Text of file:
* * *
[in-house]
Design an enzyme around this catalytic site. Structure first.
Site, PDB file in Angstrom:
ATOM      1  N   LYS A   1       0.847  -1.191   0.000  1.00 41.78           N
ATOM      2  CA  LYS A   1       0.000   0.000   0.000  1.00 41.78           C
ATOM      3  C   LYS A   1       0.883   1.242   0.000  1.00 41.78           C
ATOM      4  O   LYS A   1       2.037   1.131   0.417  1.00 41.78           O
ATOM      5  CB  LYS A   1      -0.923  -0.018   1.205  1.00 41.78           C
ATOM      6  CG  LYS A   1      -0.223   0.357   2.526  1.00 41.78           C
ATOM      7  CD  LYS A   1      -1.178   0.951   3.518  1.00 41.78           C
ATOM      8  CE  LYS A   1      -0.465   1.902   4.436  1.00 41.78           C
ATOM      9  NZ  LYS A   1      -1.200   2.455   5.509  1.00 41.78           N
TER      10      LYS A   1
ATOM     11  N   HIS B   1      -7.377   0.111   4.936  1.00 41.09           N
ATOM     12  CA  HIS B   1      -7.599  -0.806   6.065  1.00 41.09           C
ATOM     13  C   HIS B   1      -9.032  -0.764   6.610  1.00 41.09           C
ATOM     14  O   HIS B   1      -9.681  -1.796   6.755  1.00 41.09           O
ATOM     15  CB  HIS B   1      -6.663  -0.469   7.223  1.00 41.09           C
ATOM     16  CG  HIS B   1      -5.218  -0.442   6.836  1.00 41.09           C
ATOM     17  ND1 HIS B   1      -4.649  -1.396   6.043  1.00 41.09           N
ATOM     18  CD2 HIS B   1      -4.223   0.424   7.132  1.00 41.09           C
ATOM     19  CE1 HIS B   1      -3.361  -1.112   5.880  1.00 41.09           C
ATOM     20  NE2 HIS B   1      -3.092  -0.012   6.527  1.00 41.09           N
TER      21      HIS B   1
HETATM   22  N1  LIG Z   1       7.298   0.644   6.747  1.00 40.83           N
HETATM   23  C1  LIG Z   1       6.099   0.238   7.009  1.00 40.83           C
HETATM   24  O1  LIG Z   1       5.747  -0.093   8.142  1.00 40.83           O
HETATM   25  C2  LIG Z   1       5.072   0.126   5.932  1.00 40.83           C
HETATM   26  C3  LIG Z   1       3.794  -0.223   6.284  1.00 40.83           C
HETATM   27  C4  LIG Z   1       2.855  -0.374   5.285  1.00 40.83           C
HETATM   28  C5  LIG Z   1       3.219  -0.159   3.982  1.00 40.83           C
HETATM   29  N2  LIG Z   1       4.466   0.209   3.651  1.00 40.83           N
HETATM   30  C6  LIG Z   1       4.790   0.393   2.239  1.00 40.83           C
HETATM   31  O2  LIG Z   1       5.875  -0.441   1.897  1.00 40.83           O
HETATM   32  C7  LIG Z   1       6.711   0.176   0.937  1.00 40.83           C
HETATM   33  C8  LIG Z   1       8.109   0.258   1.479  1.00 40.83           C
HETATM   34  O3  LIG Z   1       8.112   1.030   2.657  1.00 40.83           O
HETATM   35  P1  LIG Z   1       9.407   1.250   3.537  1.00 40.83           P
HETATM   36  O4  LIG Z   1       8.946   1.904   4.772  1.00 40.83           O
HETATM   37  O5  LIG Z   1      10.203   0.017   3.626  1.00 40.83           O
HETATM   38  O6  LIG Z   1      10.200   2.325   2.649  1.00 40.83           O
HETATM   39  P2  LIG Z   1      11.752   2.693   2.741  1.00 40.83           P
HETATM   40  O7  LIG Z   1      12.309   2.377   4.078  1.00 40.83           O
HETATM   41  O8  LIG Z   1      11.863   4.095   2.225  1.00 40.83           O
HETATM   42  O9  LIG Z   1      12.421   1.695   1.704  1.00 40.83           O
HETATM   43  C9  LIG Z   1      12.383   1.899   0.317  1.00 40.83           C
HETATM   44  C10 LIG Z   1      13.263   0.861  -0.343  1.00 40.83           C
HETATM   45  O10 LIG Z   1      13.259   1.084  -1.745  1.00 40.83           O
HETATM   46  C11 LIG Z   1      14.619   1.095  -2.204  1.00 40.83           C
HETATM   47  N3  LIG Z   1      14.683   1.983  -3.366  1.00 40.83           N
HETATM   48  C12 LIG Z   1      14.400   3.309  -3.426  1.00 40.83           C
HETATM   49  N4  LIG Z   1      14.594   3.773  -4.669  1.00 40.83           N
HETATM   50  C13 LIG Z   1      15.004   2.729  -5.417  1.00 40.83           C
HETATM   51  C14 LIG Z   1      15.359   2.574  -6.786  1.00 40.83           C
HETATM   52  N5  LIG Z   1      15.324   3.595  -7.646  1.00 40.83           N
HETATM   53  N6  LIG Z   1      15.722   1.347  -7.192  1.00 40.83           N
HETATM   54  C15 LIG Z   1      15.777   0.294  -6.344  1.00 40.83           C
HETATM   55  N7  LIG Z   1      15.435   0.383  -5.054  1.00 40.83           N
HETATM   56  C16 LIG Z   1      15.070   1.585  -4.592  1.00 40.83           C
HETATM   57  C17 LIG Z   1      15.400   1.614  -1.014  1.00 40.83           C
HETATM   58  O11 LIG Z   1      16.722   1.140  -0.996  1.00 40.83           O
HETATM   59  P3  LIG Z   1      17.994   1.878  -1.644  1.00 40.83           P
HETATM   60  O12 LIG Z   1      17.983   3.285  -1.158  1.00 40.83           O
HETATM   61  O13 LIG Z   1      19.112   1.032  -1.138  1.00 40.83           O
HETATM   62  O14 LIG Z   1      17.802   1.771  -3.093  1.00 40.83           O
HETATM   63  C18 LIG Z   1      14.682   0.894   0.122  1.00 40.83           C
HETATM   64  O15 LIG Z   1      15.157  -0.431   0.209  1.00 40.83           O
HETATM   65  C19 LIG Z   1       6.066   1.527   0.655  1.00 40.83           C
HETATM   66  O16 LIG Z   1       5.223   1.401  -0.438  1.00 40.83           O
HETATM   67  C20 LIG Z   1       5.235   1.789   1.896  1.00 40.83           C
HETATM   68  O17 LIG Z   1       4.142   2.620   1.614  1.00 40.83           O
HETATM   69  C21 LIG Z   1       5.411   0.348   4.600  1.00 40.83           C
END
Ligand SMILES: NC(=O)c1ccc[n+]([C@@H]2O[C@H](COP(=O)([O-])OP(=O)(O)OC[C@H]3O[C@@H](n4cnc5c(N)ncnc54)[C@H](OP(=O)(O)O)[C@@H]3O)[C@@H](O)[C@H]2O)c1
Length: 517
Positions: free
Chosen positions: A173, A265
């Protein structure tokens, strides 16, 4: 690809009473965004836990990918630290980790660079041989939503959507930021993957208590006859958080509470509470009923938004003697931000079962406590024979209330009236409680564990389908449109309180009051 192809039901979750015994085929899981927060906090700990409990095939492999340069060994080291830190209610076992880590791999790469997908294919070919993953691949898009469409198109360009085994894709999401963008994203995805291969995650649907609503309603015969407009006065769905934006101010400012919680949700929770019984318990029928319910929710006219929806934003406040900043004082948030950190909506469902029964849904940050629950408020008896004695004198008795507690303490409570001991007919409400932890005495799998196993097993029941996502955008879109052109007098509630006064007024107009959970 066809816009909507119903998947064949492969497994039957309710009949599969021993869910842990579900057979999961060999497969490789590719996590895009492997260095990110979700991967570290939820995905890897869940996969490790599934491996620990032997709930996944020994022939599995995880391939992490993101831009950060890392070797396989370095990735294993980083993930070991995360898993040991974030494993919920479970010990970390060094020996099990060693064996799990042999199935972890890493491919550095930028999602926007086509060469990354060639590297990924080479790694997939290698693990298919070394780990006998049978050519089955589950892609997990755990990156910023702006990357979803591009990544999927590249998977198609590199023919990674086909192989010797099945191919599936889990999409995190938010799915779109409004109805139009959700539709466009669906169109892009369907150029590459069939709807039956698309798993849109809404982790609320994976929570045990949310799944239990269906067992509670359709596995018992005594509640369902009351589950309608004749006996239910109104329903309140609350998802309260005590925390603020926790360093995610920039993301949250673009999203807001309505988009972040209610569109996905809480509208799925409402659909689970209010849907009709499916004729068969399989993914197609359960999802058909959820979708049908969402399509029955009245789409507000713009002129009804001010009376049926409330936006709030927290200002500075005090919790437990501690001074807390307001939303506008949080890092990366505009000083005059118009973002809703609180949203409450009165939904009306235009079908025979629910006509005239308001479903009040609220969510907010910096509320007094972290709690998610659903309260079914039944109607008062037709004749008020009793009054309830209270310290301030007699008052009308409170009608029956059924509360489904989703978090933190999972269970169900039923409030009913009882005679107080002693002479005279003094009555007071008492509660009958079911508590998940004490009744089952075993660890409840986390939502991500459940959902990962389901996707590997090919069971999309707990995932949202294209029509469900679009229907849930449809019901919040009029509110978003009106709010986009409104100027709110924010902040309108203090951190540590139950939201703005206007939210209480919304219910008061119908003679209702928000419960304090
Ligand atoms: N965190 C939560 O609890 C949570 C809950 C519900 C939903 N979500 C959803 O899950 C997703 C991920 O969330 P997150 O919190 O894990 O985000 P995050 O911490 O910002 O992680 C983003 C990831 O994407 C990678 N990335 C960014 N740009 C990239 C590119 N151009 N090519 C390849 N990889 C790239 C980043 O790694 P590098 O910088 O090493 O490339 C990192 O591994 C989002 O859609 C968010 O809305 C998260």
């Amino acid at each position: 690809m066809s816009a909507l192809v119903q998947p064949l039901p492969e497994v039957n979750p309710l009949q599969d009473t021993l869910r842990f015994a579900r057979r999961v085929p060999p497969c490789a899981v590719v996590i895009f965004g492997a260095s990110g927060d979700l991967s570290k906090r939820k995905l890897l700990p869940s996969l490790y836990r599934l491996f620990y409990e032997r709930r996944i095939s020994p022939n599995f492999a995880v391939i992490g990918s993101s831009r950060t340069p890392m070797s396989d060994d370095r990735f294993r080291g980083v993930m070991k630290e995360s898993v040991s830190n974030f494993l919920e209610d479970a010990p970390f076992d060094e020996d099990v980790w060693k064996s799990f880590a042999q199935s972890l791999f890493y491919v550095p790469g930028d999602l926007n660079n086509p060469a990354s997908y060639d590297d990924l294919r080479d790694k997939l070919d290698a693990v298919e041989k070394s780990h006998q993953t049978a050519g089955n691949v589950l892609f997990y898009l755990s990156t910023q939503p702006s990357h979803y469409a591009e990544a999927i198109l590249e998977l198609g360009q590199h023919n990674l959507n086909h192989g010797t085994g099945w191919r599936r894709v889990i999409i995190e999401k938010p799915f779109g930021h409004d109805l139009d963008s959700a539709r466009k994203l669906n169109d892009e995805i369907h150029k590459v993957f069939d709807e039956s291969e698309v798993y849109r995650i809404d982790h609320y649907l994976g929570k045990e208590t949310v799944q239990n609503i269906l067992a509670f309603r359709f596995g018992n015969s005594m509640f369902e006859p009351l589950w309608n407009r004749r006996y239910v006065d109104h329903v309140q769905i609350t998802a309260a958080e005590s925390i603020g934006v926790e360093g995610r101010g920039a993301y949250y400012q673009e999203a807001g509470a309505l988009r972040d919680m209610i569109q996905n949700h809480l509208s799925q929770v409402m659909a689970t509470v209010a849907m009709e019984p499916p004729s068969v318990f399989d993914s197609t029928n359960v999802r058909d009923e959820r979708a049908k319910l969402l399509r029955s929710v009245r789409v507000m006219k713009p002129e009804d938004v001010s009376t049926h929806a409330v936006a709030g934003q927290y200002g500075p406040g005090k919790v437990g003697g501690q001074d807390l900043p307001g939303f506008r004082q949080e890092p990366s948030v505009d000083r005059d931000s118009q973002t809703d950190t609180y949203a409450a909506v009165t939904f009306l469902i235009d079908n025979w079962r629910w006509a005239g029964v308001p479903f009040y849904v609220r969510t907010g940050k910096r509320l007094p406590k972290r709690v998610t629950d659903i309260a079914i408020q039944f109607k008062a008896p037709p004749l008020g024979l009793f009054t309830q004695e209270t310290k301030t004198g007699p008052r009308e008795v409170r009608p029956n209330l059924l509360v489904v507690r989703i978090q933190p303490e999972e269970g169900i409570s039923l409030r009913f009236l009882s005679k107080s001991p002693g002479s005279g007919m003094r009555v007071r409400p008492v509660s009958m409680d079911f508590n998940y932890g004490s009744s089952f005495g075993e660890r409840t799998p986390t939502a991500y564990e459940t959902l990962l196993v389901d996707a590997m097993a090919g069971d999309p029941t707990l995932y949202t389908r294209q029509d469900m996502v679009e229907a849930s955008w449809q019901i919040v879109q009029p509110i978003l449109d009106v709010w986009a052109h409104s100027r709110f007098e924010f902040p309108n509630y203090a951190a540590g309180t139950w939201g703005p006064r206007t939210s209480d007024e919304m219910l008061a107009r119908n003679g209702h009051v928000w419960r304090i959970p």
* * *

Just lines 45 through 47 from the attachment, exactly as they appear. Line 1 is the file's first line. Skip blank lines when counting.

HETATM   42  O9  LIG Z   1      12.421   1.695   1.704  1.00 40.83           O
HETATM   43  C9  LIG Z   1      12.383   1.899   0.317  1.00 40.83           C
HETATM   44  C10 LIG Z   1      13.263   0.861  -0.343  1.00 40.83           C